George didn’t begin barefoot water skiing until he was about forty and after he’d had major surgery for his back problems. One day, he was watching some people water skiing and was asked if he would like to try. He said he was too old, but the man who offered was insistent, so George tried, and he never looked back. Soon the whole family was water skiing and performing at shows. George became a regular performer at Cypress Gardens, and that was just the beginning of his showmanship.
There are too many fascinating and fun moments in George’s career as a barefoot water skier and then a media celebrity to mention in this review, and I don’t want to spoil the fun for readers, but I can’t help but mention that he rode in a racecar with Prince Albert of Monaco and did a water skiing exhibition for King Hussein of Jordan. But that was just the tip of the iceberg for George—he loved to travel and began water skiing all over the world.
One of my favorite stories was how, in 1988, George read an article that said the Russian editor of Pravada was an avid water skier. This was during the Cold War, and yet, George decided he’d like to water ski in Russia. He wrote a letter to the editor and, eventually, was invited to perform in the Friendship Cup Tournament in Sofia, Bulgaria (also behind the Iron Curtain).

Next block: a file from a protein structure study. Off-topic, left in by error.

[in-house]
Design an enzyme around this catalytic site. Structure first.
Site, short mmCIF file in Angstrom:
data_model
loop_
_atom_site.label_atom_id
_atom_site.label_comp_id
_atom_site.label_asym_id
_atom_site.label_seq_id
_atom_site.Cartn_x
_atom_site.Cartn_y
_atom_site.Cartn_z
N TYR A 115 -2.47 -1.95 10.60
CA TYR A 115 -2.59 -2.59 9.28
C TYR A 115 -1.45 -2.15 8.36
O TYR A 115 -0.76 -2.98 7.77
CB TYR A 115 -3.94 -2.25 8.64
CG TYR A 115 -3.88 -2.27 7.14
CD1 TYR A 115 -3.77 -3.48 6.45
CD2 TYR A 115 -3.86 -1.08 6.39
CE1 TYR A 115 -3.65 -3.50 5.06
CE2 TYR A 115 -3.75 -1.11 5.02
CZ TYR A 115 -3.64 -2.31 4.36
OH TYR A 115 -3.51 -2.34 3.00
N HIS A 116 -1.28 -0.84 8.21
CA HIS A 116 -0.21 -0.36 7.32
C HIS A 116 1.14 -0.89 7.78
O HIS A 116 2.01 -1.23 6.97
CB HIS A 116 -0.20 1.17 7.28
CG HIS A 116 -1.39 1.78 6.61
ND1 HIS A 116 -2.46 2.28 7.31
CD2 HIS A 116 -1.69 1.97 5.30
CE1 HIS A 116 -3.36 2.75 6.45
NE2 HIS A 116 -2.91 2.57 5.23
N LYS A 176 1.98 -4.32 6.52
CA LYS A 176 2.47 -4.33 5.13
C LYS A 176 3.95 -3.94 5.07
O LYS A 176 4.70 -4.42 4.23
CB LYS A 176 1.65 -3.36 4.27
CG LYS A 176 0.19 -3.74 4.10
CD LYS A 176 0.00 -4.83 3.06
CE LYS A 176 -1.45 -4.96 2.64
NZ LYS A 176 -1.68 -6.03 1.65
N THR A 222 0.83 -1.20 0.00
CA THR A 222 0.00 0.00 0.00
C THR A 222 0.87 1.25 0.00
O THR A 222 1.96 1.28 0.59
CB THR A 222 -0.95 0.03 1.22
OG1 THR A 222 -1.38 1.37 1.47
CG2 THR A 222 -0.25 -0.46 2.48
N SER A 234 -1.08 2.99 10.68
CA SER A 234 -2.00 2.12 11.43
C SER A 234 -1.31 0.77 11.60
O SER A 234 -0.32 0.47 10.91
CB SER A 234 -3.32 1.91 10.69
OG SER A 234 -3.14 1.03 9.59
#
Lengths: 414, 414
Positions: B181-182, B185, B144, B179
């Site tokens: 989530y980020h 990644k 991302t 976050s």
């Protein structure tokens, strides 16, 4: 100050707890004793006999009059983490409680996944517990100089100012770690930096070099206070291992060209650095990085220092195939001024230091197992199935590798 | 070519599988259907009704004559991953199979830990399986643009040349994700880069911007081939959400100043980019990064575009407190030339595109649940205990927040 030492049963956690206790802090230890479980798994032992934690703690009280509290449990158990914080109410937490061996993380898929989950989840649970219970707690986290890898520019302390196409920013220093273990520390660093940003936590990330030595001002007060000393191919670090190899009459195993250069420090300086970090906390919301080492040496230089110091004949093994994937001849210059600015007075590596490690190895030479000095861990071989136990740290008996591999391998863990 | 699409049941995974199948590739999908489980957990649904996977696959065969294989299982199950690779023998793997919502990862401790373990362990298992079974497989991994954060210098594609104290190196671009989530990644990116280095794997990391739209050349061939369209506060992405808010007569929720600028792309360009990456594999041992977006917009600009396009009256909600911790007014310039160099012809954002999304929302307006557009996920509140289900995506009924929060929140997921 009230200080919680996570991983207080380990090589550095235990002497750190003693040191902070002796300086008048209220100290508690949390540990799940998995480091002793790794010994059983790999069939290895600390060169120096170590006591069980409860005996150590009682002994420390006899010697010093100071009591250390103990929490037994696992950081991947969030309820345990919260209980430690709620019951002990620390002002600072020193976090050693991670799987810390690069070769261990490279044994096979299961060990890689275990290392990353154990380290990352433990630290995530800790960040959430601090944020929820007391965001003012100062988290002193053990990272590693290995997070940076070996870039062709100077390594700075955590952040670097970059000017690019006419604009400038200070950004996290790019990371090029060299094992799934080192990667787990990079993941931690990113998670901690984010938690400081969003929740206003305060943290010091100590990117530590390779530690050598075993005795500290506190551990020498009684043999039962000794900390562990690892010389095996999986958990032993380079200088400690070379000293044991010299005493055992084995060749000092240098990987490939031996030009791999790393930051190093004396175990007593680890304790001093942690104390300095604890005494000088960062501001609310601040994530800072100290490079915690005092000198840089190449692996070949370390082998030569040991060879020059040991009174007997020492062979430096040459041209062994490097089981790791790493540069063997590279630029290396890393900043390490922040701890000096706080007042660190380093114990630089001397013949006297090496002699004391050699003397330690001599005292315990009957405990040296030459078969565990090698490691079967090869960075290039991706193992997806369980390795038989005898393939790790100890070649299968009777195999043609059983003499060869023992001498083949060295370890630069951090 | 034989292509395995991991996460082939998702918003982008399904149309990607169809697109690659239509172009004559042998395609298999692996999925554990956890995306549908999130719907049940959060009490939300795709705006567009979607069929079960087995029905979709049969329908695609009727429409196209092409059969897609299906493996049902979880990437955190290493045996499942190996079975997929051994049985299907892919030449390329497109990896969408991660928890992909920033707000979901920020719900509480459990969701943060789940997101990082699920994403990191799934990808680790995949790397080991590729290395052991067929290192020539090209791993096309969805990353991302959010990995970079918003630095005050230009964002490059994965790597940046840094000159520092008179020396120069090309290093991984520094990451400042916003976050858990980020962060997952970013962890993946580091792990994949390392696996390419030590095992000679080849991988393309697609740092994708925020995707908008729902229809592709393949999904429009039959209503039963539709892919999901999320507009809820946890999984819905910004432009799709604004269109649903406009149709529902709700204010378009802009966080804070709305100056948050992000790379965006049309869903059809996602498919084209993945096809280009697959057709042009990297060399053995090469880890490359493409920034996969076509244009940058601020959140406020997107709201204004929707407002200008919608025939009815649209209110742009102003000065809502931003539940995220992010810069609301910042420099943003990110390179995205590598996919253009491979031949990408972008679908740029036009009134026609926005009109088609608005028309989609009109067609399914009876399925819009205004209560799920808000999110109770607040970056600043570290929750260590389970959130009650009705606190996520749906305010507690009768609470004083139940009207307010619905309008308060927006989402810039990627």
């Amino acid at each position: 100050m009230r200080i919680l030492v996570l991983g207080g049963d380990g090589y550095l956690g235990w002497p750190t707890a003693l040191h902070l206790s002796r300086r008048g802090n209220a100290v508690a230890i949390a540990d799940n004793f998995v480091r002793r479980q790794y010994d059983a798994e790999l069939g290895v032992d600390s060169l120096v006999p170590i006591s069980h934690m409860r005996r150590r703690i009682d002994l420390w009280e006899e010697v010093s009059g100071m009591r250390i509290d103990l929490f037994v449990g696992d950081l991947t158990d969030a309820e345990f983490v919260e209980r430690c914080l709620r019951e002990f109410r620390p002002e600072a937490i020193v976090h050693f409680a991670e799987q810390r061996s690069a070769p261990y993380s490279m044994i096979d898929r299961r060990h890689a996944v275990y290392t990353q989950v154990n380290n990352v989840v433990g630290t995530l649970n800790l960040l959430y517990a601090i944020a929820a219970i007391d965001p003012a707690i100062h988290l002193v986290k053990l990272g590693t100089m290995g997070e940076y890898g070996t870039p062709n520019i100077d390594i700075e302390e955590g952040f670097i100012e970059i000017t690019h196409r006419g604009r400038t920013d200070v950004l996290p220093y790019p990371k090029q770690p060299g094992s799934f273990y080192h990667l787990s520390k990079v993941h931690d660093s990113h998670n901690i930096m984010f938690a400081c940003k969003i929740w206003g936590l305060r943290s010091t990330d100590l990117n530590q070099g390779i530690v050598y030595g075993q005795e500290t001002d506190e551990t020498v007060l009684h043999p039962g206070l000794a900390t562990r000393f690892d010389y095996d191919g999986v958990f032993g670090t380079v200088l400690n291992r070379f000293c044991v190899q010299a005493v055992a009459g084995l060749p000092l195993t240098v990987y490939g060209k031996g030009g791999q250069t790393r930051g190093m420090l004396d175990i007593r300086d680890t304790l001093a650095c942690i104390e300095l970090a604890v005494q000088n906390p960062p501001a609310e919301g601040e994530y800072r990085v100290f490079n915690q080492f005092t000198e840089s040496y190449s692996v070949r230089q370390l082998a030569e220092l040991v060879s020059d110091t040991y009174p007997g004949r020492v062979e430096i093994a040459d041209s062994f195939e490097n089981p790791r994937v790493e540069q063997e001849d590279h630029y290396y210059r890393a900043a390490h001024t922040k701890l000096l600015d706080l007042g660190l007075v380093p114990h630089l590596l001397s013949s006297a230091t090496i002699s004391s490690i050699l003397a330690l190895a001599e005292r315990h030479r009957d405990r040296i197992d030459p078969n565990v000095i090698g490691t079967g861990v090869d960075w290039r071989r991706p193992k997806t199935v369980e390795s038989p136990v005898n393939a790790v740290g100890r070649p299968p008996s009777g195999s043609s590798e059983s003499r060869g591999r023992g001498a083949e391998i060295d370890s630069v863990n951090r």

From there, George and his second wife JoAnne visited Russia, traveling throughout the country. George became known as “Mr. Banana” in Russia because people didn’t understand his nickname. Later, in 1995, George would welcome a delegation of Russian water skiers to the United States, thus spreading goodwill between the countries, and the Russians left with favorable impressions of the United States.
Before long, George had skied on six continents. Then his brother-in-law reminded him there were seven so George went skiing in Antarctica. He also once by happenstance ended up attending the Miss Switzerland beauty contest and gave the crowned winner bananas. Before his long celebrity career was over, George even starred in the movie Captiva Island about—what else?—a young rich kid who barefoot water skis and gets advice from several mature men, including George, Ernest Borgnine, and Arte Johnson from Laugh-In.
Banana George Blair proved to the world that you’re only as old as you think you are and it’s never too late to pursue doing the things you love. This is a man who loved to water ski so much that when he couldn’t stand anymore, he used a special chair made to sit in while he water skied.
We should all have George’s energy, and we should all read this book because maybe a little of George’s joie de vivre will rub off on us. The book includes a foreword by Phil Keoghan (host of The Amazing Race), Banana George’s Lessons for Life, and a list of all the places Banana George waterskied and the businesses and affiliations he was involved with. Altogether, Banana George is a treat that will have you going bananas just wanting to make your own life more adventurous.
For more information about Banana George: Don’t Wait for Life to Happen, Make It Happen, visit the book’s website.